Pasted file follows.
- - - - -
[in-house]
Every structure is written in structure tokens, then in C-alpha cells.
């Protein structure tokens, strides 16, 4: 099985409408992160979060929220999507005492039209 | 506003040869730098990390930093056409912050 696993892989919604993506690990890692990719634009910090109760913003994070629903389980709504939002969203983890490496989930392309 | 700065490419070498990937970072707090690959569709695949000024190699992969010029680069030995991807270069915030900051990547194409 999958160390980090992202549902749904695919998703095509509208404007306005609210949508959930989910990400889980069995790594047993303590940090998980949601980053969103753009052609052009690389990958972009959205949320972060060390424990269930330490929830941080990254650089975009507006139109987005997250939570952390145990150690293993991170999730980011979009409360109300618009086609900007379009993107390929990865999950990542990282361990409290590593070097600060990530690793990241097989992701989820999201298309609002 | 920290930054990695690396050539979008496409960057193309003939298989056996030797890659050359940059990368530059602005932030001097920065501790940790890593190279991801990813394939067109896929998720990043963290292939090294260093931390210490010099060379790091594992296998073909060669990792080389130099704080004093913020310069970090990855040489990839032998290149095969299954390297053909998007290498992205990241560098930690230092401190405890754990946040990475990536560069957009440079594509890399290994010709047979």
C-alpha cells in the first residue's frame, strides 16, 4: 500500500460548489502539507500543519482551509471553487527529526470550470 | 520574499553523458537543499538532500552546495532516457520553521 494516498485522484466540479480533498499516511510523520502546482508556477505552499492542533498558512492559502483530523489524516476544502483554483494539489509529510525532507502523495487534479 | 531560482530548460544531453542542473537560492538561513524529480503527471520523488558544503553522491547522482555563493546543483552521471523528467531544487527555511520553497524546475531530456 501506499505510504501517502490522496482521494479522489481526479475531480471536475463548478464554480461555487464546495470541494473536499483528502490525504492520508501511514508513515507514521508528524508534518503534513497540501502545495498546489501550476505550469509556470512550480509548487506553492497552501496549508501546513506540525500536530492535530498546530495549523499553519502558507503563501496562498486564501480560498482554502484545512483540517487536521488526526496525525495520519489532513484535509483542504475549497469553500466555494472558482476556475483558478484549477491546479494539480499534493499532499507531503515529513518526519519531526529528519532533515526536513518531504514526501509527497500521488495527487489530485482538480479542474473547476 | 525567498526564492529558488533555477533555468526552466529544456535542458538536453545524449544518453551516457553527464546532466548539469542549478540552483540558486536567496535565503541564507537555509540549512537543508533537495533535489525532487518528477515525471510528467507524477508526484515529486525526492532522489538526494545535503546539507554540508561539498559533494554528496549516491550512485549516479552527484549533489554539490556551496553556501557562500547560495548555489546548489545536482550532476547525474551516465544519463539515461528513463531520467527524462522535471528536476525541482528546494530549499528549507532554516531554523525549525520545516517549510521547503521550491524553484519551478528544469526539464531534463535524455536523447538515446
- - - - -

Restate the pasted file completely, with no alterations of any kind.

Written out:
[in-house]
Every structure is written in structure tokens, then in C-alpha cells.
């Protein structure tokens, strides 16, 4: 099985409408992160979060929220999507005492039209 | 506003040869730098990390930093056409912050 696993892989919604993506690990890692990719634009910090109760913003994070629903389980709504939002969203983890490496989930392309 | 700065490419070498990937970072707090690959569709695949000024190699992969010029680069030995991807270069915030900051990547194409 999958160390980090992202549902749904695919998703095509509208404007306005609210949508959930989910990400889980069995790594047993303590940090998980949601980053969103753009052609052009690389990958972009959205949320972060060390424990269930330490929830941080990254650089975009507006139109987005997250939570952390145990150690293993991170999730980011979009409360109300618009086609900007379009993107390929990865999950990542990282361990409290590593070097600060990530690793990241097989992701989820999201298309609002 | 920290930054990695690396050539979008496409960057193309003939298989056996030797890659050359940059990368530059602005932030001097920065501790940790890593190279991801990813394939067109896929998720990043963290292939090294260093931390210490010099060379790091594992296998073909060669990792080389130099704080004093913020310069970090990855040489990839032998290149095969299954390297053909998007290498992205990241560098930690230092401190405890754990946040990475990536560069957009440079594509890399290994010709047979």
C-alpha cells in the first residue's frame, strides 16, 4: 500500500460548489502539507500543519482551509471553487527529526470550470 | 520574499553523458537543499538532500552546495532516457520553521 494516498485522484466540479480533498499516511510523520502546482508556477505552499492542533498558512492559502483530523489524516476544502483554483494539489509529510525532507502523495487534479 | 531560482530548460544531453542542473537560492538561513524529480503527471520523488558544503553522491547522482555563493546543483552521471523528467531544487527555511520553497524546475531530456 501506499505510504501517502490522496482521494479522489481526479475531480471536475463548478464554480461555487464546495470541494473536499483528502490525504492520508501511514508513515507514521508528524508534518503534513497540501502545495498546489501550476505550469509556470512550480509548487506553492497552501496549508501546513506540525500536530492535530498546530495549523499553519502558507503563501496562498486564501480560498482554502484545512483540517487536521488526526496525525495520519489532513484535509483542504475549497469553500466555494472558482476556475483558478484549477491546479494539480499534493499532499507531503515529513518526519519531526529528519532533515526536513518531504514526501509527497500521488495527487489530485482538480479542474473547476 | 525567498526564492529558488533555477533555468526552466529544456535542458538536453545524449544518453551516457553527464546532466548539469542549478540552483540558486536567496535565503541564507537555509540549512537543508533537495533535489525532487518528477515525471510528467507524477508526484515529486525526492532522489538526494545535503546539507554540508561539498559533494554528496549516491550512485549516479552527484549533489554539490556551496553556501557562500547560495548555489546548489545536482550532476547525474551516465544519463539515461528513463531520467527524462522535471528536476525541482528546494530549499528549507532554516531554523525549525520545516517549510521547503521550491524553484519551478528544469526539464531534463535524455536523447538515446